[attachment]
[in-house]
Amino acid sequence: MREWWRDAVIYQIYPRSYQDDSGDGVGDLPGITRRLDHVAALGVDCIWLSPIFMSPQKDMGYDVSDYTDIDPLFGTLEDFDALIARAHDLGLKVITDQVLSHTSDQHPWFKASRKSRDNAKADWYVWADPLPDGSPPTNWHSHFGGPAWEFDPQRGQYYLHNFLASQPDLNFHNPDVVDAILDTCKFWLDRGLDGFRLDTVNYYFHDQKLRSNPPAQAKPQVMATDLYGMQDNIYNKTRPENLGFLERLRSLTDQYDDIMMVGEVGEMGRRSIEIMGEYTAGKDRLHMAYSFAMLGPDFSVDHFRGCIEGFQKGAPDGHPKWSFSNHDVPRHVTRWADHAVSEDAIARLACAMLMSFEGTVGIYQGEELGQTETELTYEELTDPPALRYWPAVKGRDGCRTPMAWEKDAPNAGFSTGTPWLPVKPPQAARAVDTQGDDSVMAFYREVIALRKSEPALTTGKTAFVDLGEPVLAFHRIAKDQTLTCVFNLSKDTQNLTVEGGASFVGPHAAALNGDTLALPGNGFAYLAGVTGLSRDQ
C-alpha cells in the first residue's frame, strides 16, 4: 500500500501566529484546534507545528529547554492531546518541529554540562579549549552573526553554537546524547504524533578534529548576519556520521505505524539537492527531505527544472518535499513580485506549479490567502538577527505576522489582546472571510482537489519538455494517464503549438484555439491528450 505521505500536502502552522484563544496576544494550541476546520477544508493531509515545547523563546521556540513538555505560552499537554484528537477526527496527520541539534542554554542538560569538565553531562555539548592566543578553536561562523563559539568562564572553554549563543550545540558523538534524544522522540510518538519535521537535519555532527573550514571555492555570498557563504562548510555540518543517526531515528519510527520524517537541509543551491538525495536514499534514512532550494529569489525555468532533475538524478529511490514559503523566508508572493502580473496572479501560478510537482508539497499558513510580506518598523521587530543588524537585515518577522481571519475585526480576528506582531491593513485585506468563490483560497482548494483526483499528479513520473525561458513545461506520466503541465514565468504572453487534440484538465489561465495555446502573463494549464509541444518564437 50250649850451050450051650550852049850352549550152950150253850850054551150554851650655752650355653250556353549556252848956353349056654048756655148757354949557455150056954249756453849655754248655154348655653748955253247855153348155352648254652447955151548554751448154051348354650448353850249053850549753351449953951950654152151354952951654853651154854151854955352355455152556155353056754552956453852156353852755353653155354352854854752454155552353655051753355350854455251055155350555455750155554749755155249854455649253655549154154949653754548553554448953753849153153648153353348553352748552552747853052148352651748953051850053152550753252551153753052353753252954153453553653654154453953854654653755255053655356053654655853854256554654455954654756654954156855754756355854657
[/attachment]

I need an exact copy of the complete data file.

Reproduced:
[in-house]
Amino acid sequence: MREWWRDAVIYQIYPRSYQDDSGDGVGDLPGITRRLDHVAALGVDCIWLSPIFMSPQKDMGYDVSDYTDIDPLFGTLEDFDALIARAHDLGLKVITDQVLSHTSDQHPWFKASRKSRDNAKADWYVWADPLPDGSPPTNWHSHFGGPAWEFDPQRGQYYLHNFLASQPDLNFHNPDVVDAILDTCKFWLDRGLDGFRLDTVNYYFHDQKLRSNPPAQAKPQVMATDLYGMQDNIYNKTRPENLGFLERLRSLTDQYDDIMMVGEVGEMGRRSIEIMGEYTAGKDRLHMAYSFAMLGPDFSVDHFRGCIEGFQKGAPDGHPKWSFSNHDVPRHVTRWADHAVSEDAIARLACAMLMSFEGTVGIYQGEELGQTETELTYEELTDPPALRYWPAVKGRDGCRTPMAWEKDAPNAGFSTGTPWLPVKPPQAARAVDTQGDDSVMAFYREVIALRKSEPALTTGKTAFVDLGEPVLAFHRIAKDQTLTCVFNLSKDTQNLTVEGGASFVGPHAAALNGDTLALPGNGFAYLAGVTGLSRDQ
C-alpha cells in the first residue's frame, strides 16, 4: 500500500501566529484546534507545528529547554492531546518541529554540562579549549552573526553554537546524547504524533578534529548576519556520521505505524539537492527531505527544472518535499513580485506549479490567502538577527505576522489582546472571510482537489519538455494517464503549438484555439491528450 505521505500536502502552522484563544496576544494550541476546520477544508493531509515545547523563546521556540513538555505560552499537554484528537477526527496527520541539534542554554542538560569538565553531562555539548592566543578553536561562523563559539568562564572553554549563543550545540558523538534524544522522540510518538519535521537535519555532527573550514571555492555570498557563504562548510555540518543517526531515528519510527520524517537541509543551491538525495536514499534514512532550494529569489525555468532533475538524478529511490514559503523566508508572493502580473496572479501560478510537482508539497499558513510580506518598523521587530543588524537585515518577522481571519475585526480576528506582531491593513485585506468563490483560497482548494483526483499528479513520473525561458513545461506520466503541465514565468504572453487534440484538465489561465495555446502573463494549464509541444518564437 50250649850451050450051650550852049850352549550152950150253850850054551150554851650655752650355653250556353549556252848956353349056654048756655148757354949557455150056954249756453849655754248655154348655653748955253247855153348155352648254652447955151548554751448154051348354650448353850249053850549753351449953951950654152151354952951654853651154854151854955352355455152556155353056754552956453852156353852755353653155354352854854752454155552353655051753355350854455251055155350555455750155554749755155249854455649253655549154154949653754548553554448953753849153153648153353348553352748552552747853052148352651748953051850053152550753252551153753052353753252954153453553653654154453953854654653755255053655356053654655853854256554654455954654756654954156855754756355854657